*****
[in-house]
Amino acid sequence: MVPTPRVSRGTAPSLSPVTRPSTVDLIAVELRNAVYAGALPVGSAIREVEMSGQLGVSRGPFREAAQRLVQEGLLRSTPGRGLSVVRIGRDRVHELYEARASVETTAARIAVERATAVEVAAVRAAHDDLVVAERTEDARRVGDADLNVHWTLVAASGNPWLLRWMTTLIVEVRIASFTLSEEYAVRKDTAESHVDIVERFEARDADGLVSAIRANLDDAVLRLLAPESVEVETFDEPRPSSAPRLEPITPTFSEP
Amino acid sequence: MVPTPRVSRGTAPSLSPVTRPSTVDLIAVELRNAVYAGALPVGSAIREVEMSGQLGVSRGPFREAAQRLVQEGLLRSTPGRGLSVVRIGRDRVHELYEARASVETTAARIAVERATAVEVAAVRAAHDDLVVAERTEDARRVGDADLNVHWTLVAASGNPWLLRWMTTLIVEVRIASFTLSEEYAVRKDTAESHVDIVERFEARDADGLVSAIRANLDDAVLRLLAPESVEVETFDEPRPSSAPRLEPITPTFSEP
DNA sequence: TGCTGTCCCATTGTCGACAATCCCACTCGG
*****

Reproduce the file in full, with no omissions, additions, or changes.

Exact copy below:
[in-house]
Amino acid sequence: MVPTPRVSRGTAPSLSPVTRPSTVDLIAVELRNAVYAGALPVGSAIREVEMSGQLGVSRGPFREAAQRLVQEGLLRSTPGRGLSVVRIGRDRVHELYEARASVETTAARIAVERATAVEVAAVRAAHDDLVVAERTEDARRVGDADLNVHWTLVAASGNPWLLRWMTTLIVEVRIASFTLSEEYAVRKDTAESHVDIVERFEARDADGLVSAIRANLDDAVLRLLAPESVEVETFDEPRPSSAPRLEPITPTFSEP
Amino acid sequence: MVPTPRVSRGTAPSLSPVTRPSTVDLIAVELRNAVYAGALPVGSAIREVEMSGQLGVSRGPFREAAQRLVQEGLLRSTPGRGLSVVRIGRDRVHELYEARASVETTAARIAVERATAVEVAAVRAAHDDLVVAERTEDARRVGDADLNVHWTLVAASGNPWLLRWMTTLIVEVRIASFTLSEEYAVRKDTAESHVDIVERFEARDADGLVSAIRANLDDAVLRLLAPESVEVETFDEPRPSSAPRLEPITPTFSEP
DNA sequence: TGCTGTCCCATTGTCGACAATCCCACTCGG